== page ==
Twitter Inc. (NYSE:TWTR) COO and CFO Anthony Noto gave investors a lot of information to chew on when he was interviewed at Recode's recent Code Conference. The event is held annually and is an invitation-only event for senior executives in the digital technology ecosystem.

Noto's interview gave a lot of insight into Twitter's strategy and explained the pivot that the company is currently engaged in as it aims to increase the amount of non-user generated video featured on its platform. This is a timely move, as Cisco Systems expects that internet video will grow threefold between 2016 and 2021, and live video will grow by a factor of 15 in that time frame. 

"Tweet" on a keyboard key.

Image source: Getty Images.

The big picture

Twitter wants to be all about what is happening now. The company believes at its core are four principles that define every decision it needs to make about its business.

  • Fastest: Twitter wants to be known for having the news first.
  • Comprehensive selection: Twitter wants the long tail of content and discussion.
  • Discussion: A publicly available forum for people to share their views.
  • Personalized: Narrow the focus for a user to what the individual is interested in.

Noto made it clear that everything the company does going forward will be geared to improving one or more of the tenets Twitter has defined as its core focus.

The NFL deal helped build awareness of a broader strategy

Last year Twitter paid the NFL $10 million to stream 10 Thursday Night Football games on its platform. This was one tactic in a strategy to demonstrate the platform's capability and gain publicity among its users and the advertising community that Twitter was out to transform itself. At the heart of that transformation would be live video-streaming. By making a deal for television's marquee property -- the NFL -- Twitter told the world it was serious about its plan.

Twitter can demonstrate the power of live video coupled with its platform. In the case of the NFL, it observed tweets created on game nights doubled, tweet impressions tripled, and the non-game related video starts doubled. The NFL increased the overall usage of the platform by increasing user engagement.

Twitter wants to be the gold standard partner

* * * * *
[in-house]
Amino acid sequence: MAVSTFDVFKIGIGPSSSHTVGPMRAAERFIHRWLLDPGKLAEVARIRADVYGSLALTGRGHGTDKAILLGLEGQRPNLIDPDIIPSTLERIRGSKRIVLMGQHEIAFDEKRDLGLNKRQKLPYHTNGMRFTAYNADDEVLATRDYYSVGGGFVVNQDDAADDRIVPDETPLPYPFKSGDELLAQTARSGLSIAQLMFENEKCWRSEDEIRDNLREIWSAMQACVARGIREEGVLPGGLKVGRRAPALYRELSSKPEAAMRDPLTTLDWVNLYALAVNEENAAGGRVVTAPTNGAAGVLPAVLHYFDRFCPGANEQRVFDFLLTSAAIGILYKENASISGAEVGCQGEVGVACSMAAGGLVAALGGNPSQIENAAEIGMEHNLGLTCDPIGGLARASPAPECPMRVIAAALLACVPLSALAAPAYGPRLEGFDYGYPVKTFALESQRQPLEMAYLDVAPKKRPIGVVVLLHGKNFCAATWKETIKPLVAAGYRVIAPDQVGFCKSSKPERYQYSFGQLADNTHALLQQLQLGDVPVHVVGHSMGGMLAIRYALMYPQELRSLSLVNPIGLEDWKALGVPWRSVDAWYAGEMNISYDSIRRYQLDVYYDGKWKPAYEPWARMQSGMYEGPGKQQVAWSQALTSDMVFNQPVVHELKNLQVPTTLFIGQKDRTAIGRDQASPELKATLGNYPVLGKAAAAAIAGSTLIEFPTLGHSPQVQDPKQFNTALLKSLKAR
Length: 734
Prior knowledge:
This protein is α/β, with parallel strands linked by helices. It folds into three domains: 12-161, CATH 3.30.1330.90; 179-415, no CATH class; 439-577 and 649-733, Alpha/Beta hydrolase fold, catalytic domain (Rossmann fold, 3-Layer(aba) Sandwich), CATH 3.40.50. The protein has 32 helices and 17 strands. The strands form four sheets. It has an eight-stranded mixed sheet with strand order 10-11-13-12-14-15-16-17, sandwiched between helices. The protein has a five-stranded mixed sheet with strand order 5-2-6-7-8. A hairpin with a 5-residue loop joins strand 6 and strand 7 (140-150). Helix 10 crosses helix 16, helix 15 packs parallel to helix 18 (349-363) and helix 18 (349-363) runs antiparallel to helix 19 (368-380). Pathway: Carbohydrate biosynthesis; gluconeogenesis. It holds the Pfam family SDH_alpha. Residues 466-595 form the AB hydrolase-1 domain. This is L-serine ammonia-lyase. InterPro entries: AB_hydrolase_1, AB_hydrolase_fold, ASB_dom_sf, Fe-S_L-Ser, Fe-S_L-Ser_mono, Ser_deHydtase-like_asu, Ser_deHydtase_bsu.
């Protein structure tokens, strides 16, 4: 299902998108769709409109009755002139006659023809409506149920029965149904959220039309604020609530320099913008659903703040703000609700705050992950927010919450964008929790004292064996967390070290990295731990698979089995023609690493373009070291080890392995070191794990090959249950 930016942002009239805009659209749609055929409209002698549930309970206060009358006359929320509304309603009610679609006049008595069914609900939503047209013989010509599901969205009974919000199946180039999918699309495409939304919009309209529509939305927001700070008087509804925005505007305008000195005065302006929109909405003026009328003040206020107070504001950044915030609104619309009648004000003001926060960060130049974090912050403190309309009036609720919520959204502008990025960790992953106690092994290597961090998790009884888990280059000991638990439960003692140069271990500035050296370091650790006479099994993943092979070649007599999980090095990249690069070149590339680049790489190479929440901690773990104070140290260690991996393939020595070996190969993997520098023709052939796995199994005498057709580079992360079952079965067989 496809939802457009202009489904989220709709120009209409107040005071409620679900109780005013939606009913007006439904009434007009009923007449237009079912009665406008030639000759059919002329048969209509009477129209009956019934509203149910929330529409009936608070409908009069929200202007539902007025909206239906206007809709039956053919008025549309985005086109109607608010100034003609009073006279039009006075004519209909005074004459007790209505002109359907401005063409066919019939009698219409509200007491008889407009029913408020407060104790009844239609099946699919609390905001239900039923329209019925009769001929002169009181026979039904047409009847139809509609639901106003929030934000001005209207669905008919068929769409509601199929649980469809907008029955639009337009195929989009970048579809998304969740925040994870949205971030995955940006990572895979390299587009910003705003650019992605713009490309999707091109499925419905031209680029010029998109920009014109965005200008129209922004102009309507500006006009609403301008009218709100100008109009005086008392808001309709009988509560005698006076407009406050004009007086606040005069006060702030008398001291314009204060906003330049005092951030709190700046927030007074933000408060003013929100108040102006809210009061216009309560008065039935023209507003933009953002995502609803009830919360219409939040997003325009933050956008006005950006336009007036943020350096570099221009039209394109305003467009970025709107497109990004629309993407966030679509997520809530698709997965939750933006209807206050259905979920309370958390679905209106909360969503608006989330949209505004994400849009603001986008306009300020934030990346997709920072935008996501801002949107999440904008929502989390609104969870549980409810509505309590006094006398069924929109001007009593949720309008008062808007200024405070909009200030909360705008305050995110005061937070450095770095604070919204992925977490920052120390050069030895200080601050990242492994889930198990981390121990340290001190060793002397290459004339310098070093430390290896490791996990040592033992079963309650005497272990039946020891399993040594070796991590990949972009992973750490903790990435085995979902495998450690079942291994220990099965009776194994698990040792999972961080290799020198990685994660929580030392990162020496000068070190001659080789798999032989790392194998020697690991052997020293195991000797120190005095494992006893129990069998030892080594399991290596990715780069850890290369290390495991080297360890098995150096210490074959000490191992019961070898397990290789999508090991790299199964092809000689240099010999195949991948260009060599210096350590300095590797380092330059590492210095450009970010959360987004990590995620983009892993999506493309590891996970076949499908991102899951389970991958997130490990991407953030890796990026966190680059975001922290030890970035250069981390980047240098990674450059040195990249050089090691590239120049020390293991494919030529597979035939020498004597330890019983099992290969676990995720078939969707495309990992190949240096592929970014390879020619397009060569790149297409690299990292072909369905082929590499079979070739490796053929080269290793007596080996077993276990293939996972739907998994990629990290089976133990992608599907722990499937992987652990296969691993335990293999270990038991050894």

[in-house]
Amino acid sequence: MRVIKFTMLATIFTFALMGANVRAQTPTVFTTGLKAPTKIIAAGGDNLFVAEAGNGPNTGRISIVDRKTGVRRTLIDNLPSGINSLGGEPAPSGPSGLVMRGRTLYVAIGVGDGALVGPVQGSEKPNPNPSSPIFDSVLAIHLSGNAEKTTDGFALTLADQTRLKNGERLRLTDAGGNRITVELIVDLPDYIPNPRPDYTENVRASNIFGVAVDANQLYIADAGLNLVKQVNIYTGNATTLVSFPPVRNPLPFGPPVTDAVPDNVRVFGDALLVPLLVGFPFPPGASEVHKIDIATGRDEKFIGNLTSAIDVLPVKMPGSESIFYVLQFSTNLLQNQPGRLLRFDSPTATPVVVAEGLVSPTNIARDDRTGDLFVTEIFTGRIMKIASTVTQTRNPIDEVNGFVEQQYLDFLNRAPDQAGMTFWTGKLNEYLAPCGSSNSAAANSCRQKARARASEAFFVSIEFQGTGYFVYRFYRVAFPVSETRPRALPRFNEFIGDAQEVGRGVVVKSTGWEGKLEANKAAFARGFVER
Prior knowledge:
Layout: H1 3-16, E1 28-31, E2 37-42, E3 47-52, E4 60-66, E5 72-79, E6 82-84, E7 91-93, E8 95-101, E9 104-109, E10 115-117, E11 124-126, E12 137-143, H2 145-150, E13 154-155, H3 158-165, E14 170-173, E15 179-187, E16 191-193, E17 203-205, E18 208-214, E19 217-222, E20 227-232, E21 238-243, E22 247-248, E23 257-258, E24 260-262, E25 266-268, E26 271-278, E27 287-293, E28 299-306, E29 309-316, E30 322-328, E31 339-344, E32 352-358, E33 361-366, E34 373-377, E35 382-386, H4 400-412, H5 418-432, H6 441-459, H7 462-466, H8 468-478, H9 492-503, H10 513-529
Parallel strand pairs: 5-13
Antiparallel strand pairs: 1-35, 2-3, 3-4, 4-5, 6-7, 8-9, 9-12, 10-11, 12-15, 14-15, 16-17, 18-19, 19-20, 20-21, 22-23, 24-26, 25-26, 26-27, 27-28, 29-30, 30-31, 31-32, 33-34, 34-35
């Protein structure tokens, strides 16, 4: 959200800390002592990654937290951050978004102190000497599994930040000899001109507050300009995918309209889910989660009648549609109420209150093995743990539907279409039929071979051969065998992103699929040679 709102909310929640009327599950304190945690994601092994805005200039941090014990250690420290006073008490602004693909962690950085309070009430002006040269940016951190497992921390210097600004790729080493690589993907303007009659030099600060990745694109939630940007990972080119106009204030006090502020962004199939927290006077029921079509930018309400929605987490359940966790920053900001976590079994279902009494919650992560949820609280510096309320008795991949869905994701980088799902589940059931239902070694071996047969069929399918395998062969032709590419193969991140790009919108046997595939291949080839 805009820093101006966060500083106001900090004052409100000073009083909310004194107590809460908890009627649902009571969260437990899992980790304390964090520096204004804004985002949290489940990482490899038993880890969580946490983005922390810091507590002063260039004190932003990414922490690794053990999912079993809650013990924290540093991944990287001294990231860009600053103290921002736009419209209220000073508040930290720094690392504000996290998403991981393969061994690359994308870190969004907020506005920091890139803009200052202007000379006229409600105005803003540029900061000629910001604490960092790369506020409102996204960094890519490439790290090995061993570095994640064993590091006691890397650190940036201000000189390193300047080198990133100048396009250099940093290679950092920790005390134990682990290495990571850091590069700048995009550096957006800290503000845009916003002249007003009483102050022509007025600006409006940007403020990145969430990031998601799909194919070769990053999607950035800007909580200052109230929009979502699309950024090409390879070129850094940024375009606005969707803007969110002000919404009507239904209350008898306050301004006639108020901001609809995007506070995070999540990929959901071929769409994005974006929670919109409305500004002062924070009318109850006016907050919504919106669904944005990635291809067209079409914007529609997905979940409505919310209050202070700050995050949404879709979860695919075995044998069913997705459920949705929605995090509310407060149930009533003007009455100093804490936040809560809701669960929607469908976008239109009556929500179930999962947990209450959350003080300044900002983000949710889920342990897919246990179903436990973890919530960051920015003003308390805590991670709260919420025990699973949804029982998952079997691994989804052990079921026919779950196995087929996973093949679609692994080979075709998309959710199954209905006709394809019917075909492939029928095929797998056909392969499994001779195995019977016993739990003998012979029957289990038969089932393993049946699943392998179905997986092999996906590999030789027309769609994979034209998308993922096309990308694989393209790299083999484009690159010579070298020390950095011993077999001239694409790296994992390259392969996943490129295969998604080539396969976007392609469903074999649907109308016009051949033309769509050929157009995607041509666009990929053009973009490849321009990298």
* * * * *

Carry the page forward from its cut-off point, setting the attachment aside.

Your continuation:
Within nine months, Twitter went from not having a live video-streaming product to having 800 hours of live programming. The company wants to show content creators that Twitter can help the content get to viewers who otherwise would not see it. As an example, in the case of the NFL, Twitter extended the league's reach, as 55% of the viewers were under 25 years old, an important demographic that isn't watching TV the way their parents did.

At this year's NewFronts annual marketing conference, Twitter announced 16 new live shows it would be adding to its platform this year, including a 24-hour digital news network from Bloomberg and 24-hour sports-focused programming from Stadium.

Revenue growth lags audience growth

Twitter's Q1 advertising revenue was down 11% year over year. This is due to a 63% year-over-year price reduction for the cost of each ad impression. The other factor is that budget decisions on where to advertise were made by ad agencies six to nine months ago before Twitter's new video strategy had been rolled out. You can't plan to advertise on something you don't know about.

Twitter's daily active users have shown five quarters of accelerating growth, a fact that may help pull in more ad dollars going forward.

Bar graph showing Twitter's DAU growth by quarter.

Image source: Twitter.

Advertisers can see the increased size of Twitter's audience as well as the additional engagement it is generating with its users who may be in a hard-to-reach demographic. Couple that with all the new content that will be curated on the site in terms of live events, progress highlights, after-event highlights, and video on demand, and one may begin to see the full scope of potential for Twitter.

Foolish final thought

Before you decide to invest in Twitter, there is an important point to make about its CEO and founder Jack Dorsey. He does not think about Twitter and its strategy in months or years; he thinks about it in terms of decades. So if you're trying to make a quick buck, Twitter is probably not the right investment. On the other hand, if you are playing the long game, this company may be a nice fit for your portfolio.

Frank DiPietro owns shares of Twitter. The Motley Fool owns shares of and recommends Twitter. The Motley Fool recommends CSCO. The Motley Fool has a disclosure policy.